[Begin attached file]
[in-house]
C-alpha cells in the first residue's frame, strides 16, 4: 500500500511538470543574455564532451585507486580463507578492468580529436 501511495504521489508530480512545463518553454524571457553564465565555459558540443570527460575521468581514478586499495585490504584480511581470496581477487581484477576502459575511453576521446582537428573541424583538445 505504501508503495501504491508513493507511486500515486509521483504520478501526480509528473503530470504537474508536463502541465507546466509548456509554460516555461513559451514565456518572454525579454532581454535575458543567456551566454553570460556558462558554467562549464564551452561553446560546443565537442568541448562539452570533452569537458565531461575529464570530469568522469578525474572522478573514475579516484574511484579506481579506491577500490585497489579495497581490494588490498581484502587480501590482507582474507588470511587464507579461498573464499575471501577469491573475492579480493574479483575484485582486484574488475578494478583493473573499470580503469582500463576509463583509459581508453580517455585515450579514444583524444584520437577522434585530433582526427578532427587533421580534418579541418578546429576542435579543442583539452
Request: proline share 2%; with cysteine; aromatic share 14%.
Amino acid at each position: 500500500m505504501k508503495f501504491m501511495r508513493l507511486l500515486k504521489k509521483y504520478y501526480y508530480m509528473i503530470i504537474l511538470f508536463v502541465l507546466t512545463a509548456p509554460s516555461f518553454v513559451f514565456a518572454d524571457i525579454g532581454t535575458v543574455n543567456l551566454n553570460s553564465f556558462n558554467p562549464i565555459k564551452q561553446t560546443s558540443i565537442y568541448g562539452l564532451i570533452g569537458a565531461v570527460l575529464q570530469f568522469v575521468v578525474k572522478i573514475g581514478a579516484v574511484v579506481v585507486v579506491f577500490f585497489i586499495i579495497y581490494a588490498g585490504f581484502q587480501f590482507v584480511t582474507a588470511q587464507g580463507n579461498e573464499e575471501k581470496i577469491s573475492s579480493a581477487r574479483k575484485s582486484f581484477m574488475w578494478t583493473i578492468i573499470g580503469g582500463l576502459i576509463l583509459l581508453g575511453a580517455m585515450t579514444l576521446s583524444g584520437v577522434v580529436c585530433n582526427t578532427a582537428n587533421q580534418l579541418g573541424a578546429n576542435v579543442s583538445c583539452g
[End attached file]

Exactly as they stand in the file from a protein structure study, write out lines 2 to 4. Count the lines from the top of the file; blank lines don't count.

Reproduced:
C-alpha cells in the first residue's frame, strides 16, 4: 500500500511538470543574455564532451585507486580463507578492468580529436 501511495504521489508530480512545463518553454524571457553564465565555459558540443570527460575521468581514478586499495585490504584480511581470496581477487581484477576502459575511453576521446582537428573541424583538445 505504501508503495501504491508513493507511486500515486509521483504520478501526480509528473503530470504537474508536463502541465507546466509548456509554460516555461513559451514565456518572454525579454532581454535575458543567456551566454553570460556558462558554467562549464564551452561553446560546443565537442568541448562539452570533452569537458565531461575529464570530469568522469578525474572522478573514475579516484574511484579506481579506491577500490585497489579495497581490494588490498581484502587480501590482507582474507588470511587464507579461498573464499575471501577469491573475492579480493574479483575484485582486484574488475578494478583493473573499470580503469582500463576509463583509459581508453580517455585515450579514444583524444584520437577522434585530433582526427578532427587533421580534418579541418578546429576542435579543442583539452
Request: proline share 2%; with cysteine; aromatic share 14%.
Amino acid at each position: 500500500m505504501k508503495f501504491m501511495r508513493l507511486l500515486k504521489k509521483y504520478y501526480y508530480m509528473i503530470i504537474l511538470f508536463v502541465l507546466t512545463a509548456p509554460s516555461f518553454v513559451f514565456a518572454d524571457i525579454g532581454t535575458v543574455n543567456l551566454n553570460s553564465f556558462n558554467p562549464i565555459k564551452q561553446t560546443s558540443i565537442y568541448g562539452l564532451i570533452g569537458a565531461v570527460l575529464q570530469f568522469v575521468v578525474k572522478i573514475g581514478a579516484v574511484v579506481v585507486v579506491f577500490f585497489i586499495i579495497y581490494a588490498g585490504f581484502q587480501f590482507v584480511t582474507a588470511q587464507g580463507n579461498e573464499e575471501k581470496i577469491s573475492s579480493a581477487r574479483k575484485s582486484f581484477m574488475w578494478t583493473i578492468i573499470g580503469g582500463l576502459i576509463l583509459l581508453g575511453a580517455m585515450t579514444l576521446s583524444g584520437v577522434v580529436c585530433n582526427t578532427a582537428n587533421q580534418l579541418g573541424a578546429n576542435v579543442s583538445c583539452g